Dr. Willers is a laboratory-based clinician-scientist in Radiation Oncology with an interest in basic, translational, and clinical lung cancer research. He is an Assistant Professor in Radiation Oncology and a Principal Investigator in the Laboratory of Cellular & Molecular Radiation Oncology in the MGH Cancer Center.
Research in Dr. Willers' laboratory evolves around the concept that the goal of cancer therapy using ionizing radiation and/or chemotherapeutic agents is to selectively kill cancer cells while sparing surrounding normal tissues. In order to achieve this, pre-existing genetic differences between tumors and normal tissues have to be exploited. To this end, the laboratory has two main research interests: (i) To detect and characterize altered DNA repair in cancer that may render the affected tumors hypersensitive to DNA damaging agents. (ii) To identify and disrupt altered signal transduction pathways, which may sensitize tumors to radiation. For both of these approaches, predictive tests need to be established to guide the identification of patients with the highest likelihood of benefiting from novel treatment regimens. Dr. Willers' long-term goal is to contribute to the realization of "personalized" or "individualized" cancer therapy.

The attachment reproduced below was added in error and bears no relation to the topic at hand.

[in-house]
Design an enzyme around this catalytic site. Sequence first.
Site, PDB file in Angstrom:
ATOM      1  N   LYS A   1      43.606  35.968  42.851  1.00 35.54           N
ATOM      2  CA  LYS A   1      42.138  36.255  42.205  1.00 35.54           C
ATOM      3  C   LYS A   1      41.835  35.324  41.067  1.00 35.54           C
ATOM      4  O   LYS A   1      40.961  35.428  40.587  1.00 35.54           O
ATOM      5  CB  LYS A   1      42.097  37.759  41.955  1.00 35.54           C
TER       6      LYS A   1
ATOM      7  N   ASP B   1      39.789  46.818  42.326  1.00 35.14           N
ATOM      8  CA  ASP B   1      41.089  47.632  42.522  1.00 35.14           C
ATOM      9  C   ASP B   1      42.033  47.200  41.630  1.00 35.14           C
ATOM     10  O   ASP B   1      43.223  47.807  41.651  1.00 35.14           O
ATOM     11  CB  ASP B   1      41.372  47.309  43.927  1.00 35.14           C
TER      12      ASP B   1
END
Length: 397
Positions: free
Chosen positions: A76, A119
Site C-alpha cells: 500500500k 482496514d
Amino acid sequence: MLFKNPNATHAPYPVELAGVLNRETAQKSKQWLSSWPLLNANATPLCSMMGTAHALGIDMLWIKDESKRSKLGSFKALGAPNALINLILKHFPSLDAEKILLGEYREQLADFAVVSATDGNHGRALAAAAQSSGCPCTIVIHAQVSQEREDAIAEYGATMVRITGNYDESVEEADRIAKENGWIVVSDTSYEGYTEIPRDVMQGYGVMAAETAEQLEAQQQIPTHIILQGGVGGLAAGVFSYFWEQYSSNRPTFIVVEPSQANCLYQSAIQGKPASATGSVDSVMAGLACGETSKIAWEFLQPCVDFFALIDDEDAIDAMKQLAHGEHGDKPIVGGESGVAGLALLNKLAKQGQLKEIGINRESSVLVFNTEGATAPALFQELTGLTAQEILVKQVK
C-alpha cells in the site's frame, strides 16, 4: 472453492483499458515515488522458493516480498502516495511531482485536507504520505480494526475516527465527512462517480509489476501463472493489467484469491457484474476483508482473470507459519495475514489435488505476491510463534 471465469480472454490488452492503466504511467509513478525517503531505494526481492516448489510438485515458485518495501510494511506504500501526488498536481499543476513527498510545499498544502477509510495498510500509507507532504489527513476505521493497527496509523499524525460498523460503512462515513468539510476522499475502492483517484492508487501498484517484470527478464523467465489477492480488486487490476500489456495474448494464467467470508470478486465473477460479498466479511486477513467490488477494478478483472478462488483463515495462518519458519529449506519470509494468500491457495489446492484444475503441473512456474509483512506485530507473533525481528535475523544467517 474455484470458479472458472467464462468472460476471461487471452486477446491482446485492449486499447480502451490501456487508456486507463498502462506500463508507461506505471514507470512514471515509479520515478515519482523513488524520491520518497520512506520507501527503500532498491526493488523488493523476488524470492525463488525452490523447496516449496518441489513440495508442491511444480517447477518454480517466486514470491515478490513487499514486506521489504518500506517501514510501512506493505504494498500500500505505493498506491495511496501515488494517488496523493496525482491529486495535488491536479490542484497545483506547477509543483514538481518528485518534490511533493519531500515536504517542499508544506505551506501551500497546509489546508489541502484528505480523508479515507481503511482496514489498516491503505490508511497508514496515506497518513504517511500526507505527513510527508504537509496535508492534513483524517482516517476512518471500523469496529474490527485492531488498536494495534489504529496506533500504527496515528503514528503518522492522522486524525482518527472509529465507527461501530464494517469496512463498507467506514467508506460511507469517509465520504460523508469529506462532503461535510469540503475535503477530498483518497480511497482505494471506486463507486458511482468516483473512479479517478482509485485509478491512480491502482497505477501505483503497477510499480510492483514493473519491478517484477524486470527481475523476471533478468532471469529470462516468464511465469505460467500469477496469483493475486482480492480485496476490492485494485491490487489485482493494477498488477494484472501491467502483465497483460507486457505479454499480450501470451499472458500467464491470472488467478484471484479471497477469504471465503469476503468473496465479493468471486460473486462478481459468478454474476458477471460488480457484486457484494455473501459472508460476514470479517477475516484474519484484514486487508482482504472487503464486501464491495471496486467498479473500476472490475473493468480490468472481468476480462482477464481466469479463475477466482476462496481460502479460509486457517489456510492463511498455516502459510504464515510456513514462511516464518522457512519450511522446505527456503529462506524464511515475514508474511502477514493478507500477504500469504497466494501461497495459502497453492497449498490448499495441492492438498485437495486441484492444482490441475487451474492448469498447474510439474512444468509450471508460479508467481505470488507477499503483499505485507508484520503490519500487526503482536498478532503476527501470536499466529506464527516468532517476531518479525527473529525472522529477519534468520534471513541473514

Selected from a total of 36 peer-reviewed publications:
Willers H, et al. High-dose radiation therapy alone for inoperable non-small cell lung cancer-experience with prolonged overall treatment times. Acta Oncol. 1998;37(1):101-5
Willers H, et al. Dissociation of p53-mediated suppression of homologous recombination from G1/S cell cycle checkpoint control. Oncogene. 2000;19(5):632-9.
Willers H, Held KD. Introduction to clinical radiation biology. Hemat Oncol Clin N. America 2006;20:1-24.
Schulte-Uentrop L, et al. Distinct roles of XRCC4 and Ku80 in non-homologous end-joining of endonuclease- and ionizing radiation-induced DNA double-strand breaks. Nucleic Acids Res. 2008; 36:2561-9.
Nanda A, et al. Unusual tumor response and toxicity from radiation and concurrent erlotinib for non-small cell lung cancer. Clin Lung Cancer 2008; 9:285-87.
Willers H, et al. Utility of DNA repair protein foci for the detection of putative BRCA1-pathway defects in breast cancer biopsies. Mol. Cancer Res. 2009; 7(8):1304-9.
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